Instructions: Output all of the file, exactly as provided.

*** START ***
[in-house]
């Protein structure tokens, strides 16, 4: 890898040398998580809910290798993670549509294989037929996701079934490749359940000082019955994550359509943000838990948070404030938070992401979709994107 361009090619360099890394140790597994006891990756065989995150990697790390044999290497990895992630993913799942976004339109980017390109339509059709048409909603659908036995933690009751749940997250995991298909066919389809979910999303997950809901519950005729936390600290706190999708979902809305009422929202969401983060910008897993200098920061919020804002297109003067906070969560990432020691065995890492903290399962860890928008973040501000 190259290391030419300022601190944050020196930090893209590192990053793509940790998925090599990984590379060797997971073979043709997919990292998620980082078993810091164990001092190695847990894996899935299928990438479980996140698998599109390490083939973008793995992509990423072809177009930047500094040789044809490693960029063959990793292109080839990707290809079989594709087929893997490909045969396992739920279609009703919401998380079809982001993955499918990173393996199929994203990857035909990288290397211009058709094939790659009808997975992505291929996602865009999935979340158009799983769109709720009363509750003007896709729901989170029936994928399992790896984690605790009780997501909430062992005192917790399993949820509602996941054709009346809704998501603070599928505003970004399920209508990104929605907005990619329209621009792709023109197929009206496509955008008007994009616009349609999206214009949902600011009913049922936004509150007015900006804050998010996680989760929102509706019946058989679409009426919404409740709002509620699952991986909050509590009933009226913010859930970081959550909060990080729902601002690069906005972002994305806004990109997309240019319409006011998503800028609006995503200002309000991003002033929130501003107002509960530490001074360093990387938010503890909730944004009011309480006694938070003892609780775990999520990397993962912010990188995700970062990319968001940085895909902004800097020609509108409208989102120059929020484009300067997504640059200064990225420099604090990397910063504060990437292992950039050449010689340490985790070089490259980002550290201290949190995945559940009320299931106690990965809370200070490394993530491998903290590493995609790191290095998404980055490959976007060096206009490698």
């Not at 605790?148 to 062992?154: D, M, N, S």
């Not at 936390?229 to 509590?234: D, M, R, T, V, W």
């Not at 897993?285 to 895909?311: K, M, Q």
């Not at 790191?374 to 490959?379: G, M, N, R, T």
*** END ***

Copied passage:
[in-house]
């Protein structure tokens, strides 16, 4: 890898040398998580809910290798993670549509294989037929996701079934490749359940000082019955994550359509943000838990948070404030938070992401979709994107 361009090619360099890394140790597994006891990756065989995150990697790390044999290497990895992630993913799942976004339109980017390109339509059709048409909603659908036995933690009751749940997250995991298909066919389809979910999303997950809901519950005729936390600290706190999708979902809305009422929202969401983060910008897993200098920061919020804002297109003067906070969560990432020691065995890492903290399962860890928008973040501000 190259290391030419300022601190944050020196930090893209590192990053793509940790998925090599990984590379060797997971073979043709997919990292998620980082078993810091164990001092190695847990894996899935299928990438479980996140698998599109390490083939973008793995992509990423072809177009930047500094040789044809490693960029063959990793292109080839990707290809079989594709087929893997490909045969396992739920279609009703919401998380079809982001993955499918990173393996199929994203990857035909990288290397211009058709094939790659009808997975992505291929996602865009999935979340158009799983769109709720009363509750003007896709729901989170029936994928399992790896984690605790009780997501909430062992005192917790399993949820509602996941054709009346809704998501603070599928505003970004399920209508990104929605907005990619329209621009792709023109197929009206496509955008008007994009616009349609999206214009949902600011009913049922936004509150007015900006804050998010996680989760929102509706019946058989679409009426919404409740709002509620699952991986909050509590009933009226913010859930970081959550909060990080729902601002690069906005972002994305806004990109997309240019319409006011998503800028609006995503200002309000991003002033929130501003107002509960530490001074360093990387938010503890909730944004009011309480006694938070003892609780775990999520990397993962912010990188995700970062990319968001940085895909902004800097020609509108409208989102120059929020484009300067997504640059200064990225420099604090990397910063504060990437292992950039050449010689340490985790070089490259980002550290201290949190995945559940009320299931106690990965809370200070490394993530491998903290590493995609790191290095998404980055490959976007060096206009490698």
């Not at 605790?148 to 062992?154: D, M, N, S």
């Not at 936390?229 to 509590?234: D, M, R, T, V, W």
């Not at 897993?285 to 895909?311: K, M, Q």
């Not at 790191?374 to 490959?379: G, M, N, R, T």